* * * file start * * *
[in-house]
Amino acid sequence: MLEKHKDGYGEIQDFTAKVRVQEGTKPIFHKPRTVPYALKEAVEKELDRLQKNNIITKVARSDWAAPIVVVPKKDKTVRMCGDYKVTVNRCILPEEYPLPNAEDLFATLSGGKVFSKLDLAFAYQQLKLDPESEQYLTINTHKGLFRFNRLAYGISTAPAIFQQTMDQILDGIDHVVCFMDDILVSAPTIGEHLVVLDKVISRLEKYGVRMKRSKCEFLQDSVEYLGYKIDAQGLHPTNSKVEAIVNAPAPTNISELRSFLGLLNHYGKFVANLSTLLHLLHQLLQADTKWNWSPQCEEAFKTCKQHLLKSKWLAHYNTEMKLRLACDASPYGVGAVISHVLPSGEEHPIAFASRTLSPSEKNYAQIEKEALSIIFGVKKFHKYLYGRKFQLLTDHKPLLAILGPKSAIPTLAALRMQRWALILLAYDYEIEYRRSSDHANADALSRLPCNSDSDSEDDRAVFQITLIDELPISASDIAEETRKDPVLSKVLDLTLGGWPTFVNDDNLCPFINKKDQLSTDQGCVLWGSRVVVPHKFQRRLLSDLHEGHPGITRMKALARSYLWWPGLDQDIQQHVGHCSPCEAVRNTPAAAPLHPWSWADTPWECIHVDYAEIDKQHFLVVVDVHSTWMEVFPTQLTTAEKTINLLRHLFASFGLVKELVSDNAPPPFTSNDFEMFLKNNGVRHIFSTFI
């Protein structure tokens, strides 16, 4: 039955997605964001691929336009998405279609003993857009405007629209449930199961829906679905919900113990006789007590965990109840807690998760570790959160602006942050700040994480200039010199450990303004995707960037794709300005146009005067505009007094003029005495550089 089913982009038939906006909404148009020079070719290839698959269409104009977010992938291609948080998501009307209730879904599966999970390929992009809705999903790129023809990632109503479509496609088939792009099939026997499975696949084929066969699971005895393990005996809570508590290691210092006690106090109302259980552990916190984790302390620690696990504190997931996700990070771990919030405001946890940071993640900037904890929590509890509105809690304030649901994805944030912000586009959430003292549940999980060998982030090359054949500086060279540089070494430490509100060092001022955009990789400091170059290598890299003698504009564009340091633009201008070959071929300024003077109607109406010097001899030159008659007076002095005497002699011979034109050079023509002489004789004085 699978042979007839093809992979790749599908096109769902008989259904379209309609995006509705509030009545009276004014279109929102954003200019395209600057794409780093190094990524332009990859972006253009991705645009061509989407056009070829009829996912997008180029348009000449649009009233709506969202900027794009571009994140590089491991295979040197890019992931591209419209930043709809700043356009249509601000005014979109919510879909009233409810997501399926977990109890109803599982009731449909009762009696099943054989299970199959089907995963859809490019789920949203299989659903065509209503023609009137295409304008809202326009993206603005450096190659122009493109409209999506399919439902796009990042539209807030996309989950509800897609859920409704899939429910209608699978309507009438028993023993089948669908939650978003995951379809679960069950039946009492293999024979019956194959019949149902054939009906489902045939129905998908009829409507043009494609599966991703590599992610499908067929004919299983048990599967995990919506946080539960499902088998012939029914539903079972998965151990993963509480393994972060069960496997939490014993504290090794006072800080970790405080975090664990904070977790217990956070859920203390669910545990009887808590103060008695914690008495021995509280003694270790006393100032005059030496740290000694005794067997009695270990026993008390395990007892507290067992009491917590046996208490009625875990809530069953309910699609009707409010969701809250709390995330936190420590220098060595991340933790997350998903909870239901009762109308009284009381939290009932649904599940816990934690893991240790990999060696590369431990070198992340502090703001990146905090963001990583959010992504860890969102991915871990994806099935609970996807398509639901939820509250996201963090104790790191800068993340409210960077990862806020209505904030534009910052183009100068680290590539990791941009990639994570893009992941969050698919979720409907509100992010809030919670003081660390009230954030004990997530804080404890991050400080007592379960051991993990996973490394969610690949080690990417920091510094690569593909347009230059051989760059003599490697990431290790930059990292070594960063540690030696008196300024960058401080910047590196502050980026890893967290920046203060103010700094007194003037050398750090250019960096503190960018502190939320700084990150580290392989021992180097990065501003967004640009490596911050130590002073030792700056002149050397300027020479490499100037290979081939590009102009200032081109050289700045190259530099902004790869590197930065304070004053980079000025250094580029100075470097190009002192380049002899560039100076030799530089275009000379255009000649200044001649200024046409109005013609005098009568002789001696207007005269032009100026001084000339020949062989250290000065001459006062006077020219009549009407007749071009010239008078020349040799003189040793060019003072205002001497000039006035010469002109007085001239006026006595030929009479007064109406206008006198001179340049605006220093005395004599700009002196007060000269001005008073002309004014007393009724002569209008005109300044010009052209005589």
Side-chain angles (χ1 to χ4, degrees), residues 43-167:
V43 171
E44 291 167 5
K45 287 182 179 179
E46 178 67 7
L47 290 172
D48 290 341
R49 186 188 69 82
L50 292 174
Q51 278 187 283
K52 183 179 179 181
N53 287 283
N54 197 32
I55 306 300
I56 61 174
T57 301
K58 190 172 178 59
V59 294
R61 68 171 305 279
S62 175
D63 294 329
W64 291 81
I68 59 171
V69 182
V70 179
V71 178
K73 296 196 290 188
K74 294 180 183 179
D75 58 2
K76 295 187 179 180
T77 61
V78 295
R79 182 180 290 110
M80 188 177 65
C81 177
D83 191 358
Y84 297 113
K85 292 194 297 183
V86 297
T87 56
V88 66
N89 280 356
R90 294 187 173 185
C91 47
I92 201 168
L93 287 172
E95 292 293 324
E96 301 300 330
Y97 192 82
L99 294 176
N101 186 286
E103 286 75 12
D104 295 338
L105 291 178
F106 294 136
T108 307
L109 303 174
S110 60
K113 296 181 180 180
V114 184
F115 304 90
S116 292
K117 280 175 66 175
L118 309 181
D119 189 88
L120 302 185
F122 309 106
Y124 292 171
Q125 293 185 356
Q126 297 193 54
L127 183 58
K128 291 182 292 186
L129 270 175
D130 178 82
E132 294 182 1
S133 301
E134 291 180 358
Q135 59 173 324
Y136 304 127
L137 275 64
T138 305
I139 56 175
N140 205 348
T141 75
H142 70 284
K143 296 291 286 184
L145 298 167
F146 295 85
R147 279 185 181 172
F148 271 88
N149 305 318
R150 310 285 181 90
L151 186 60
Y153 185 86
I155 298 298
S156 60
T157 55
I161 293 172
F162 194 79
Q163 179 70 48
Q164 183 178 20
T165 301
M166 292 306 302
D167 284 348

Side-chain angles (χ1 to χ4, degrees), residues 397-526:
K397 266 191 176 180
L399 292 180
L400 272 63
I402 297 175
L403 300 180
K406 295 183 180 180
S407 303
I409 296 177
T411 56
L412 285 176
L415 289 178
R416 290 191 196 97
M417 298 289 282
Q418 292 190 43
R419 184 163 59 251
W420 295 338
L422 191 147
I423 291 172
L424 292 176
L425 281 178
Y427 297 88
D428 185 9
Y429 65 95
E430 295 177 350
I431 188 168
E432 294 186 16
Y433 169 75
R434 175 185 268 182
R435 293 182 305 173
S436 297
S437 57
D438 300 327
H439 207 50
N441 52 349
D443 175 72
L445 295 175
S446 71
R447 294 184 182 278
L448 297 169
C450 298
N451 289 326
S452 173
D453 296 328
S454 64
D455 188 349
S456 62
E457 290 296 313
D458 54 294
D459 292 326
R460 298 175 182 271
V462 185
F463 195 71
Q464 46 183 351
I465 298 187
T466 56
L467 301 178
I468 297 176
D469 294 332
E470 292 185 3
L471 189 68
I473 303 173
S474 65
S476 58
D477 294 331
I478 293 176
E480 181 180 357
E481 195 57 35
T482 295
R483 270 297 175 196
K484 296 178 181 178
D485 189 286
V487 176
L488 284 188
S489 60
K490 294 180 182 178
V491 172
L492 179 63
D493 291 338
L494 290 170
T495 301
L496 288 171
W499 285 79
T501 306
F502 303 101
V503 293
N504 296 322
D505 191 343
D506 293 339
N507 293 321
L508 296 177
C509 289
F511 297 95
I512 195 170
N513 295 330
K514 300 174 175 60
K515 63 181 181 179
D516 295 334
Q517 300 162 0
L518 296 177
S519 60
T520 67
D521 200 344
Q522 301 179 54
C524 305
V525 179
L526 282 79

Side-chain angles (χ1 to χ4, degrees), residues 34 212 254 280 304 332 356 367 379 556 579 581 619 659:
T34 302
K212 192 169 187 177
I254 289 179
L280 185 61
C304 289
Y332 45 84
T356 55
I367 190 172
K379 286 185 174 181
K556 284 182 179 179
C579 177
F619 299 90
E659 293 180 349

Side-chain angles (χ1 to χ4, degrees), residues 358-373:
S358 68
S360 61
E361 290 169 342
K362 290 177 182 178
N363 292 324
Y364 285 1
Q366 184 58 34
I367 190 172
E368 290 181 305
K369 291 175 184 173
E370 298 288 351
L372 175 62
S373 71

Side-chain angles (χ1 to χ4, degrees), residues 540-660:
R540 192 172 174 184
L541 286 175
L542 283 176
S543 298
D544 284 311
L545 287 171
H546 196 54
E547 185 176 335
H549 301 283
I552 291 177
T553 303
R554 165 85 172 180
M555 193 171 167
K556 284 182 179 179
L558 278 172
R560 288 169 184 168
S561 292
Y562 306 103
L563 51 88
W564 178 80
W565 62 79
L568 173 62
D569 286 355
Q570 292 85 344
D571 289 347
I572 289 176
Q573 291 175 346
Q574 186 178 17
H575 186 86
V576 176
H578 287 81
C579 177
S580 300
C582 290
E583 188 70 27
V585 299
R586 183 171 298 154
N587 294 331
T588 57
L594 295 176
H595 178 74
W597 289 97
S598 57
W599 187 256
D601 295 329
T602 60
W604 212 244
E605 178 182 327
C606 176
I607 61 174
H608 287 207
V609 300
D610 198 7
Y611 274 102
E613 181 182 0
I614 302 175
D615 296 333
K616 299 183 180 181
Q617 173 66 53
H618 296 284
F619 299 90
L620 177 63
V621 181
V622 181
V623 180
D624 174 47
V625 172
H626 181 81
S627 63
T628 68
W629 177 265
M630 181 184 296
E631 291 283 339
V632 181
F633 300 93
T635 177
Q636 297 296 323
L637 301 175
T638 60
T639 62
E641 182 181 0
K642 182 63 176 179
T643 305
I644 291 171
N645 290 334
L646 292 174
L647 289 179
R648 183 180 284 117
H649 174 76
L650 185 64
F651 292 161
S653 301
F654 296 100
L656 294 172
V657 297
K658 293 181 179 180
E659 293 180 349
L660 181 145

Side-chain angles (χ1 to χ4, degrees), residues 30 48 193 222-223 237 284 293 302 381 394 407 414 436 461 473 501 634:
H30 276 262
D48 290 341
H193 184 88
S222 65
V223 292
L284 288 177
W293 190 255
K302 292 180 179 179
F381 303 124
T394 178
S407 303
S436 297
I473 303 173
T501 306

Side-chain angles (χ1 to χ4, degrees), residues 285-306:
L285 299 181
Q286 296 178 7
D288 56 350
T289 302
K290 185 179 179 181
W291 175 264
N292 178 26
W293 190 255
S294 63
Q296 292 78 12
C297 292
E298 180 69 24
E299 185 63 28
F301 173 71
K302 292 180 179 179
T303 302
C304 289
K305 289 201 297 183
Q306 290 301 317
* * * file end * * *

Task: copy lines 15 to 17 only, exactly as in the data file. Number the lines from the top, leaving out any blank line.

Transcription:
N53 287 283
N54 197 32
I55 306 300